How I’ve Combined Being a New Bride with Volunteering

How I’ve Combined Being a New Bride with Volunteering

My husband Jared mentioned in his latest column that he works at a local organization called the Hemophilia Association of the Philippines for Love and Service (HAPLOS). It is truly a pleasure to serve other people with hemophilia, along with their families and carers, through the organization’s efforts.

I also have been active in HAPLOS’ endeavors since Jared and I began dating in college. I tagged along during meetings and got to know Jared’s friends in the youth committee. These are people he has known since childhood. They all practically grew up together and gave each other needed support in times of injury. Though they come from different backgrounds and have distinct personalities, hemophilia brought them together and helped them bond.

My work at HAPLOS is mostly voluntary. I am not obliged to take on any responsibilities within the organization. Yet, I chose to contribute to what they were doing because I truly believe that every person with hemophilia deserves to live a life as close to “normal” as possible. And I saw that HAPLOS had the capacity and potential to make this happen for its members, with adequate support.

Many patients join for practical reasons: free medication and healthcare. This is understandable. Here in the Philippines, most people are not wealthy, and hemophilia is expensive to treat because it is rare. Only through the efforts of patient organizations like HAPLOS can hemophilia patients get treatment. There really is no other way, since factor is not readily available here.

Prophylactic treatment isn’t possible yet in our country because our factor supply is inconsistent. Unable to get our own, we depend on donations from other countries. HAPLOS serves as the primary mover of medications from a donor country to the typical person with hemophilia.

Beyond providing medication, HAPLOS aims to extend psychosocial support to its members. From what I have observed among the organization’s youth, they seem to most value the friendships they have forged. Bound by a shared love of mobile games, some teenagers in the group formed a competitive gaming team. Meanwhile, musically inclined members regularly come together to sing or play instruments during HAPLOS events. I often join them because I love singing. Performing at special events is one of the ways I contribute to the community spirit.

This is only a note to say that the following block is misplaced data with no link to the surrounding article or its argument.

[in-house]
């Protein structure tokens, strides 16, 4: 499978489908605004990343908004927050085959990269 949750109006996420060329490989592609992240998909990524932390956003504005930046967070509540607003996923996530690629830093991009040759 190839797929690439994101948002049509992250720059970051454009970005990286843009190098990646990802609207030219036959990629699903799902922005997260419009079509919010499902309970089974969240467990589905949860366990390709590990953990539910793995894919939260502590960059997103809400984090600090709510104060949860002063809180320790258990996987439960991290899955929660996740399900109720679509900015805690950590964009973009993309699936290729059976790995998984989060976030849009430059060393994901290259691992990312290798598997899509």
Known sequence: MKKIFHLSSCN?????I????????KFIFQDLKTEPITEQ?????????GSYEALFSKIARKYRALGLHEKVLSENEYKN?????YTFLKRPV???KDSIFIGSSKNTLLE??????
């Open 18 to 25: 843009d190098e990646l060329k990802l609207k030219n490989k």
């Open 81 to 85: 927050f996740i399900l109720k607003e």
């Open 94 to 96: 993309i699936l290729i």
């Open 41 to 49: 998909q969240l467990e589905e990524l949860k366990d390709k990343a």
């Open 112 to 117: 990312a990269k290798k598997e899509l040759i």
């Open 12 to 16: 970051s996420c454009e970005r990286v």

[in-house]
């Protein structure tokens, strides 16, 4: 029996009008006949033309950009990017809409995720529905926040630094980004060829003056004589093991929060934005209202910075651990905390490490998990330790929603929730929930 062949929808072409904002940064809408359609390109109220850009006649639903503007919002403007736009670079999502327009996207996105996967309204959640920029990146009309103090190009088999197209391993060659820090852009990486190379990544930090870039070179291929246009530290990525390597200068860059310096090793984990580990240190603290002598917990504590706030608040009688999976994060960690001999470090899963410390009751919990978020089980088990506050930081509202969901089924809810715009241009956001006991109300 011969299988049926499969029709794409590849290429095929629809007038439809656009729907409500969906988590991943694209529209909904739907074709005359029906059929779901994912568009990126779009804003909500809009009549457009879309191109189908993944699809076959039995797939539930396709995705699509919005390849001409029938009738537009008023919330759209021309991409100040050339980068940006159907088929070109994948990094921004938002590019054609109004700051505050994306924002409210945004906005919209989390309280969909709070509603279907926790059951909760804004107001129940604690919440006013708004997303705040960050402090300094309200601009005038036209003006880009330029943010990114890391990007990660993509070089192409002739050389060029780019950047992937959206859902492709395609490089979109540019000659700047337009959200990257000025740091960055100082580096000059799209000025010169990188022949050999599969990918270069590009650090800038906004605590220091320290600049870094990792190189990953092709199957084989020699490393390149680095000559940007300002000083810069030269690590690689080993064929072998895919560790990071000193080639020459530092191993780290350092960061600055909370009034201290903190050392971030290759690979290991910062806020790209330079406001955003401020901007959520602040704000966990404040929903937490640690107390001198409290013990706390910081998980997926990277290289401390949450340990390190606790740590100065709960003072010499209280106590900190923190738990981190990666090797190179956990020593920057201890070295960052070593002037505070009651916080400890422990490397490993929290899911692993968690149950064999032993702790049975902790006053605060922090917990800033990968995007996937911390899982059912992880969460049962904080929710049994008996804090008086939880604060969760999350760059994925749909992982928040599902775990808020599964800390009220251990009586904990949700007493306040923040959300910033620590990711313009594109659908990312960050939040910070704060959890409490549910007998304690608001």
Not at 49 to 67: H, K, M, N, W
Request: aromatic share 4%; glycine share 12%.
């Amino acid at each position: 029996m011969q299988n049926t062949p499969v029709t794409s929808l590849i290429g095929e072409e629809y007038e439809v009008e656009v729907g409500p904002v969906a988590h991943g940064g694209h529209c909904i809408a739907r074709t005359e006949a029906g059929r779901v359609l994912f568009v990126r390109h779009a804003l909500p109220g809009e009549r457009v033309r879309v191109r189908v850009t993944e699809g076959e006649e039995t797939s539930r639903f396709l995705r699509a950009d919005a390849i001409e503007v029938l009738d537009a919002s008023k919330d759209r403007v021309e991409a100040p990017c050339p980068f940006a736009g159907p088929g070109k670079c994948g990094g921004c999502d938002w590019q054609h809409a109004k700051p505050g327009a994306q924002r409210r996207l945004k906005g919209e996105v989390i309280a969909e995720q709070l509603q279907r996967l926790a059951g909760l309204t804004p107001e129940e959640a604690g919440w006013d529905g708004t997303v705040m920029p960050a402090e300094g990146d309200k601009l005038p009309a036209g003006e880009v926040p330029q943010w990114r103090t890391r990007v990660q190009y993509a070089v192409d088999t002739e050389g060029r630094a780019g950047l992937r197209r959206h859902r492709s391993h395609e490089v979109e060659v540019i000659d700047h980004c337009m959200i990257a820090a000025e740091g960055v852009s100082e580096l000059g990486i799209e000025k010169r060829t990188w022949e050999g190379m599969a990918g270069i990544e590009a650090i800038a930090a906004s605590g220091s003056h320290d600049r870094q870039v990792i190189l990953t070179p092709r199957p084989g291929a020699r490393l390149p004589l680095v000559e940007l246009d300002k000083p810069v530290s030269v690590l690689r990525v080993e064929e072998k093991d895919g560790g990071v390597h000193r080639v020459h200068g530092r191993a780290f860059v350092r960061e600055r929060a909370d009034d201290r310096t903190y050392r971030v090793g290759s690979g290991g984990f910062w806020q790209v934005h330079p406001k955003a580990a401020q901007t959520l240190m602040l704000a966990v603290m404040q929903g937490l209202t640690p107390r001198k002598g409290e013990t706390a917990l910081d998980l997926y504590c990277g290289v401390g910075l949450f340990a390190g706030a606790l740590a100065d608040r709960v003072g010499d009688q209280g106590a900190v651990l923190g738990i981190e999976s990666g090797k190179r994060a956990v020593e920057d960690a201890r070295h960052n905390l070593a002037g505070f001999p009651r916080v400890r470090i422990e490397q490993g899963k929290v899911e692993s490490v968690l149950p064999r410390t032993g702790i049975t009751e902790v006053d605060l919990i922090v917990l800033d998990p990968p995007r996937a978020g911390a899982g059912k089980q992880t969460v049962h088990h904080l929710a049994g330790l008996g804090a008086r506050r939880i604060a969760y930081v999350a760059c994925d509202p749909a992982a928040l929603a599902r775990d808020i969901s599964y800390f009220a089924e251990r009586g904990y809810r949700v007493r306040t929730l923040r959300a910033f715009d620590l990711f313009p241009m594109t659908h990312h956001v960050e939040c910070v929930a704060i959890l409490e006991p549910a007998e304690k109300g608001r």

Jared is part of the member development team. He and other members his age regularly meet to discuss events such as the Christmas party, annual youth camp, and Family Day. They are primarily responsible for planning activities.

Jared and I are a dynamic duo. Ever since I started volunteering for HAPLOS, I have attended these meetings with him. His friends were very kind to welcome me into the group. Like each of them, I have my own responsibilities. Because I have experience as a broadcast communications graduate, I help with documenting events, producing multimedia content, and coming up with material for the newsletter.

But it doesn’t end there! At the end of the day, we are reminded that being part of HAPLOS is all about fellowship and camaraderie. After a hard day’s work, we look forward to having fun as a group. It could be a hearty dinner followed by a night of musical jamming, for example, or a dip in the swimming pool. It’s an evening in which we all forget about hemophilia and just enjoy being young adults.

Now that Jared and I are married, I expect my responsibilities as a carer to be much greater than before. I am now his primary family, after all. HAPLOS has historically held programs for carers, mainly moms, but now that the youth members are growing up, I expect more wives and girlfriends will join. That’s something I look forward to!

I believe that being part of a patient organization can be an extremely helpful experience for the wives and girlfriends of young men with hemophilia. Getting to know an entire community of people with hemophilia has allowed me to better understand my husband’s condition. Also, many of the young men in the group happen to have supportive wives and girlfriends, too. And that’s the start of a sisterhood of HemoWives!

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Note: Hemophilia News Today is strictly a news and information website about the disease. It does not provide medical advice, diagnosis, or treatment. This content is not intended to be a substitute for professional medical advice, diagnosis, or treatment. Always seek the advice of your physician or another qualified health provider with any questions you may have regarding a medical condition. Never disregard professional medical advice or delay in seeking it because of something you have read on this website. The opinions expressed in this column are not those of Hemophilia News Today or its parent company, BioNews Services, and are intended to spark discussion about issues pertaining to hemophilia.

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Alliah Czarielle, or Cza for short, is a life partner to a person with hemophilia and epilepsy. Her life's dream is to enjoy a happy and contented life with her family, while pursuing her own passion for arts, crafts, entrepreneurship, and fine jewelry. She is a strong advocate for equal rights and support for people with disability, as well as people with mental illnesses, being a struggler herself.

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